Mountain Rise drug deluge

2009-06-11 00:00

IN the Mountain Rise police district alone, police dealt with 1 472 drug-related cases in the past year and many more crimes were committed to feed addicts’ habits, a police offi­cer testified at the trial of a Nigerian man who was sentenced effectively to seven years’ imprisonment yesterday, for dealing in cocaine.

A further three years’ imprisonment imposed on Ivo Orji (31) was conditionally suspended for five years by Pietermaritzburg magistrate Ashin Singh.

Inspector Mahendra Balmookand, who was the investigating officer, provided the court with monthly statistics of the drug-rela­ted crimes dealt with in Mountain Rise from April last year to March this year.

He said police regularly get complaints from schools and parents who are concerned about the access their children have to drugs. Cinderella Park, where the accused committed the offence, has a severe drug problem, he said.

He said many offences including murder, robbery and theft — especially theft out of motor vehicles— are committed by people desperate to get money to feed their addiction.

In his judgment, Singh referred to the fact that the drugs being used today are increasingly dangerous. Possession or dealing in dagga, which in the past was regarded as serious, is now viewed as “petty” compared to the heroin, cocaine and other drugs that are posing a danger to the youth and society.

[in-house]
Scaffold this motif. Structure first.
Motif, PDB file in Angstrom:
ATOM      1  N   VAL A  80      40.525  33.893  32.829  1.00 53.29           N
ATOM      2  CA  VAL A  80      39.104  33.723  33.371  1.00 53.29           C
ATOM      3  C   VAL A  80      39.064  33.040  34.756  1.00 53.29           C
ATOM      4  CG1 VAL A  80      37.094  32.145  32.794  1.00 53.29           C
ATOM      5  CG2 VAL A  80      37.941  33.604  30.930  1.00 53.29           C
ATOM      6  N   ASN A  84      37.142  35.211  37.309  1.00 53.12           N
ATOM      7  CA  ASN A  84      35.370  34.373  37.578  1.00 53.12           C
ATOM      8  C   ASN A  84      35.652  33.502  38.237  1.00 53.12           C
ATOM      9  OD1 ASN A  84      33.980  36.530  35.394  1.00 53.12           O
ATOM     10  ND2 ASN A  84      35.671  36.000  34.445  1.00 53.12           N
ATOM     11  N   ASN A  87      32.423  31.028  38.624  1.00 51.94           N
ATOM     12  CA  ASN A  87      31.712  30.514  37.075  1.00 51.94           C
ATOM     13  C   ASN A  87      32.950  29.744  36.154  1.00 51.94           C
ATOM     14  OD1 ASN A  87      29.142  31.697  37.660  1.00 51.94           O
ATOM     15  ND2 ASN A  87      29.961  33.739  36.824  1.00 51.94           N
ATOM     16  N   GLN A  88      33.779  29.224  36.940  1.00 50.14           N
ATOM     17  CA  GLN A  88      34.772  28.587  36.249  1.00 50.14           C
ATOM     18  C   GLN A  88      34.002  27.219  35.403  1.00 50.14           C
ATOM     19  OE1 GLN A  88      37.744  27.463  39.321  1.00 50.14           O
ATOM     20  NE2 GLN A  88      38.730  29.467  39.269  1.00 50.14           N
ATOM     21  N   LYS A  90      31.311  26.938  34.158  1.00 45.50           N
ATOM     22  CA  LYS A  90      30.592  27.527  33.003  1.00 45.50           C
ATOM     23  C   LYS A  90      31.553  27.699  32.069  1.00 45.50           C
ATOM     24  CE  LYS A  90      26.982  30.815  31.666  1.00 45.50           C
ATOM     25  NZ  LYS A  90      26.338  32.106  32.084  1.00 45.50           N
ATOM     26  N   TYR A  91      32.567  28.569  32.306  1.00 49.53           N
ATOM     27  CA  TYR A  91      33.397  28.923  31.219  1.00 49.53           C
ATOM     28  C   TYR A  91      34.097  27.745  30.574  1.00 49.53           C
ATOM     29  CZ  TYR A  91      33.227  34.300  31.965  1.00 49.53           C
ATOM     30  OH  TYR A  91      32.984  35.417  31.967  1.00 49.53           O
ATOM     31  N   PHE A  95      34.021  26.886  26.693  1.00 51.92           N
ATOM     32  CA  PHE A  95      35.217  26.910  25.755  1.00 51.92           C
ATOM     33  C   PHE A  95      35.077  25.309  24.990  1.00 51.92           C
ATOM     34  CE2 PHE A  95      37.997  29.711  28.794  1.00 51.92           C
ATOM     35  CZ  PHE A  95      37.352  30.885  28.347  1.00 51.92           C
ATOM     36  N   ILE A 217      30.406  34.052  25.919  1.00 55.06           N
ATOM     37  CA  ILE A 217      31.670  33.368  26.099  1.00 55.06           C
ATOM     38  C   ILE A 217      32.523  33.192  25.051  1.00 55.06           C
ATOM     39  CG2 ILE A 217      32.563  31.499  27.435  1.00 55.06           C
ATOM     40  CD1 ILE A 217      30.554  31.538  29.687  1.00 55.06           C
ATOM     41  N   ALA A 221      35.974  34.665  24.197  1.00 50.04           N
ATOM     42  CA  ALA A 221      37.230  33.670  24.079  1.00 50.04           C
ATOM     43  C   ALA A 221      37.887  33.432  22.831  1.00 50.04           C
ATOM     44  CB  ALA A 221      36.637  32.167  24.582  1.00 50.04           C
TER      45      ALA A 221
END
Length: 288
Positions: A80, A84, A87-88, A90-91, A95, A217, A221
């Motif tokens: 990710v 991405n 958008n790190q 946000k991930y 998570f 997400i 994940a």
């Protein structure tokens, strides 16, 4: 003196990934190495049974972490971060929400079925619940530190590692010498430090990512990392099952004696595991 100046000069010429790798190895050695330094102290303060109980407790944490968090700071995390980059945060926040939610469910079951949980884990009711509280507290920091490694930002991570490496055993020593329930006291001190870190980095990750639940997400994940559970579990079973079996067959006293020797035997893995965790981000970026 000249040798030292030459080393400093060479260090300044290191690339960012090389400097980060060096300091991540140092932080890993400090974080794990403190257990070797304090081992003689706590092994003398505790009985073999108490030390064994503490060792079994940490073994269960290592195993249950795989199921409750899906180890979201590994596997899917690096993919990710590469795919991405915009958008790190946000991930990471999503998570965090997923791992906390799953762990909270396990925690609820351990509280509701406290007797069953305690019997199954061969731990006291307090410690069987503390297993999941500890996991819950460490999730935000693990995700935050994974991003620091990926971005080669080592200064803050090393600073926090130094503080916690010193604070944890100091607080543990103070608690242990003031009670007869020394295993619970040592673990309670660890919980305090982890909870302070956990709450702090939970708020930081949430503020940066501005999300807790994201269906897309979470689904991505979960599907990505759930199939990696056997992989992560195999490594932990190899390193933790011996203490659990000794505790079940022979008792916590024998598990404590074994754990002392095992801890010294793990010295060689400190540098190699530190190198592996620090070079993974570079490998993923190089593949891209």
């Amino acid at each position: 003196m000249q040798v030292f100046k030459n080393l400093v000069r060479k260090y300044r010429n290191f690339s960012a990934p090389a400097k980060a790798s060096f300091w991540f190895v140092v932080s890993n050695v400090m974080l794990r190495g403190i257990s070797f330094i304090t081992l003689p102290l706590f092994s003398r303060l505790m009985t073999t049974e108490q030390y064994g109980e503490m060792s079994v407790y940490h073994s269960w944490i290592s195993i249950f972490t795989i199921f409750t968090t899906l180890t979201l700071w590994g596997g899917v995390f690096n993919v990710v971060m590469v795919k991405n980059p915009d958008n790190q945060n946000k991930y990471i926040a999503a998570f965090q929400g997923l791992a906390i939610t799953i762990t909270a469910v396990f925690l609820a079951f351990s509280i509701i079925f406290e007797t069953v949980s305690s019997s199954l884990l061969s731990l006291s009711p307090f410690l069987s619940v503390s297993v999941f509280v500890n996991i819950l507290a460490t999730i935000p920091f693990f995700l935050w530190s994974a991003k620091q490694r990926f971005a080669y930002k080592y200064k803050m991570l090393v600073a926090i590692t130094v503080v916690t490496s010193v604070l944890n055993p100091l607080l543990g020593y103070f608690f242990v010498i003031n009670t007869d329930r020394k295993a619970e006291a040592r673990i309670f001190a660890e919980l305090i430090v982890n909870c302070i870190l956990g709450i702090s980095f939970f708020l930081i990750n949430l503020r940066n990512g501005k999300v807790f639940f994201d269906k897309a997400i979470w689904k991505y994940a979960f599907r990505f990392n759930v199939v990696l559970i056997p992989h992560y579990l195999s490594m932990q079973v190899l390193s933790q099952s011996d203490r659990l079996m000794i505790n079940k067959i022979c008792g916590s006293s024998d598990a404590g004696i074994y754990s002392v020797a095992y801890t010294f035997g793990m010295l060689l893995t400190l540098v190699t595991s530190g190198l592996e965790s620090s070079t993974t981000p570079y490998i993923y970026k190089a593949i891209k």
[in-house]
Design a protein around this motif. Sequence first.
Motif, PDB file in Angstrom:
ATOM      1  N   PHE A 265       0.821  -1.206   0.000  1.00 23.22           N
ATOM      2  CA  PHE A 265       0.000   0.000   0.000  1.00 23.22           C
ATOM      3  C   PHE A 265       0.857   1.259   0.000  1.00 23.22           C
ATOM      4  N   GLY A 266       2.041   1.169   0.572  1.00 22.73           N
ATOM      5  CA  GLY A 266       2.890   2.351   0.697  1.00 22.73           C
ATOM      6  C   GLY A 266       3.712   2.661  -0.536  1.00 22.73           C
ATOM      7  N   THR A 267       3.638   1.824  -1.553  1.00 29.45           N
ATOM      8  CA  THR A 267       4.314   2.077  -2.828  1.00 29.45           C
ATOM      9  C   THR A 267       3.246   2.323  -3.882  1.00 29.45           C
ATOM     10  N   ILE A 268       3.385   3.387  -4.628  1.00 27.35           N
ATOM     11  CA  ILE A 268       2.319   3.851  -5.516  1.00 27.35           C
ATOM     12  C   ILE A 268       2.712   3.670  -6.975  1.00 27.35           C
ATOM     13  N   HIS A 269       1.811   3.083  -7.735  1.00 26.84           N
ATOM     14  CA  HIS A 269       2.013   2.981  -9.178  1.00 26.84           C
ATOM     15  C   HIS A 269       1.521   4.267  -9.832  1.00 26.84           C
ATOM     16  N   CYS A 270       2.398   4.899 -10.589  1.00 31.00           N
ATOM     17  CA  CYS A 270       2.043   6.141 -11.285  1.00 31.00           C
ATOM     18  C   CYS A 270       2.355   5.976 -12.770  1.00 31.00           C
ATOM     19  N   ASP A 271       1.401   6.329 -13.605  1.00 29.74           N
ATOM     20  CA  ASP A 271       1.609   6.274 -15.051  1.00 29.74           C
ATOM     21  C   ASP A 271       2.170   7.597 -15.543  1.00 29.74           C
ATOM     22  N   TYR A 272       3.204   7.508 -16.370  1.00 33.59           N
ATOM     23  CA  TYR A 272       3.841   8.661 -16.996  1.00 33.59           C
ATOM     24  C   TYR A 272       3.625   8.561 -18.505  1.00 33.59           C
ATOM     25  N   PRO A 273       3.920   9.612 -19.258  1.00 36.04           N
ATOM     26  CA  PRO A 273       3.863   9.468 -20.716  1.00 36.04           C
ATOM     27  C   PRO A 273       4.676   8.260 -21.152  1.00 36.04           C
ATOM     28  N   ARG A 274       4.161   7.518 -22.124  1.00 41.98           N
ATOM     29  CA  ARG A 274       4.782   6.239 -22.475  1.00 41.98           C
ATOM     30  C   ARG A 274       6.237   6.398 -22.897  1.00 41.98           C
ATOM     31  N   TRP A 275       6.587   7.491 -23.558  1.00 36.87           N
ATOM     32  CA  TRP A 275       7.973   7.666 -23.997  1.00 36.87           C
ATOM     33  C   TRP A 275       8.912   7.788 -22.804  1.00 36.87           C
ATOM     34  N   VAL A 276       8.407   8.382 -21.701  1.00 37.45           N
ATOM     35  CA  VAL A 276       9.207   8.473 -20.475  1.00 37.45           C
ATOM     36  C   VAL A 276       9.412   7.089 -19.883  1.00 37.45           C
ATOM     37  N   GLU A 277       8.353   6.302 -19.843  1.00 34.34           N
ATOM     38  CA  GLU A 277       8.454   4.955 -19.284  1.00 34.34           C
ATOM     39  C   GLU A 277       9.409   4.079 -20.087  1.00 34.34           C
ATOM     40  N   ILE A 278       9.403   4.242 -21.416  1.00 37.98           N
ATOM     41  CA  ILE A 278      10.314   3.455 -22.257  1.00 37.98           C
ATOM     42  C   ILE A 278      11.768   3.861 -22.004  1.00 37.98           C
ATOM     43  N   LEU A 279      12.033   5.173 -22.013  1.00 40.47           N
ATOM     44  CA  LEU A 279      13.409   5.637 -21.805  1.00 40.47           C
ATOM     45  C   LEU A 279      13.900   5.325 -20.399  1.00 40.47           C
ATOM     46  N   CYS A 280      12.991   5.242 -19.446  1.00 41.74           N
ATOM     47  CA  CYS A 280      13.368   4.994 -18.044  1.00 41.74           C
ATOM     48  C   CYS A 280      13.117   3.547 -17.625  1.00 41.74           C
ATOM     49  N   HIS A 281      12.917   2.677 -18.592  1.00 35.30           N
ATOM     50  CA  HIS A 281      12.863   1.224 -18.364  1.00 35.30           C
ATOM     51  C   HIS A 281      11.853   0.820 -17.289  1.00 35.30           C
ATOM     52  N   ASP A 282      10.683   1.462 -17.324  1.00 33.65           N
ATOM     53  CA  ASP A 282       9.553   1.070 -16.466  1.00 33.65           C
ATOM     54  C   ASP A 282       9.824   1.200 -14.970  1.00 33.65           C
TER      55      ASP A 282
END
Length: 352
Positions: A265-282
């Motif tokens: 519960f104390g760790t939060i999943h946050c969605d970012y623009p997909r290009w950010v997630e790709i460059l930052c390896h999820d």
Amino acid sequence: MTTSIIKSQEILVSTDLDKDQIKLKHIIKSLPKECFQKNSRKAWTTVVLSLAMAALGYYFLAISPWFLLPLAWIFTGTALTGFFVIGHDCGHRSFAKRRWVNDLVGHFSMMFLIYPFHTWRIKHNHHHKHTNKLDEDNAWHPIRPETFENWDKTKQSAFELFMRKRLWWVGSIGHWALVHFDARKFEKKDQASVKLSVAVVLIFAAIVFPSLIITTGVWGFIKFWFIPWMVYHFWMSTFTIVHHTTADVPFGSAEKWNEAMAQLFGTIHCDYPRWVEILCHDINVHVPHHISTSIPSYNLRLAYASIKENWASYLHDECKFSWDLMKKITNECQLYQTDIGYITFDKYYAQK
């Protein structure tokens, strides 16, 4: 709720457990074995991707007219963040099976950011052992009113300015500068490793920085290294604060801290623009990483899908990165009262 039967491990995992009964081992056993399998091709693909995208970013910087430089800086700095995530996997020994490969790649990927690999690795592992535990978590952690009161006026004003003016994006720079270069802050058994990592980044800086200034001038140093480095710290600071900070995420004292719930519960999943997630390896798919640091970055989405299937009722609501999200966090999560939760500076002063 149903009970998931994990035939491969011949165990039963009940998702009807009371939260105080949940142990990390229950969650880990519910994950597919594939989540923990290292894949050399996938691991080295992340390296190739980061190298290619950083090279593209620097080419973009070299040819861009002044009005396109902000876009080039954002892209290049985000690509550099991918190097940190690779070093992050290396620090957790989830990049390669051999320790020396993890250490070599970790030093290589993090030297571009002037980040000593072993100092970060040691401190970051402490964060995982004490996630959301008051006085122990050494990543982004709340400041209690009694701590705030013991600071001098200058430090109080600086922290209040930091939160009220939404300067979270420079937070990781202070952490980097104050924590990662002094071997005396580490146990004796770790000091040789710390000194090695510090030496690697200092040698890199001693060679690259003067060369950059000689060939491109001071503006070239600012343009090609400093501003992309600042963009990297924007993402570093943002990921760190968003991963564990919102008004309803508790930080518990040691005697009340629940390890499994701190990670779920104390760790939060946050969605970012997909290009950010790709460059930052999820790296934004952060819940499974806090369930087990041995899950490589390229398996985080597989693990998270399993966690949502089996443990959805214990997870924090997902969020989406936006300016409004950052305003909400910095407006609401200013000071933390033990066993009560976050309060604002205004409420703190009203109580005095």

“Having been a magistrate for 15 years, I am aware that people steal, rob and murder to get money for drugs.

“Drugs break down family relationships, they cause children to drop out of school, sometimes they result in girls turning to prostitution to feed their drug addiction … these are the social ills,” said Singh.

He added that xenophobic attacks that have resulted in South Africa being viewed as “the pariah of the world”, may be fuelled by the criminal conduct of foreigners like Orji, even though it is wrong for people to “generalise” and despite the fact that most immigrants are “completely innocent” and are simply trying to better their lives and eke out a living in a foreign land .

Singh took into account, in Orji’s favour, that he pleaded guilty to his crime — dealing in one “jaw” and 62 pieces of cocaine said to be worth around R4 920. However, the conviction was his second. In 2007, he was fined R2 000 (or six months’ imprisonment) for possession of cocaine.

The court was told that Orji has a wife and young child in South Africa, but his parents are still living in Nigeria. Whether or not he is legally in the country is still unclear.

His lawyer, Nasen Naicker, said Orji claimed to have a B.Sc. degree, earned a living selling perfumes and jewellery, and was manufacturing “immune boosters”.

Orji admitted he has two pending drug-related cases, as well as a third for alleged drunk driving.

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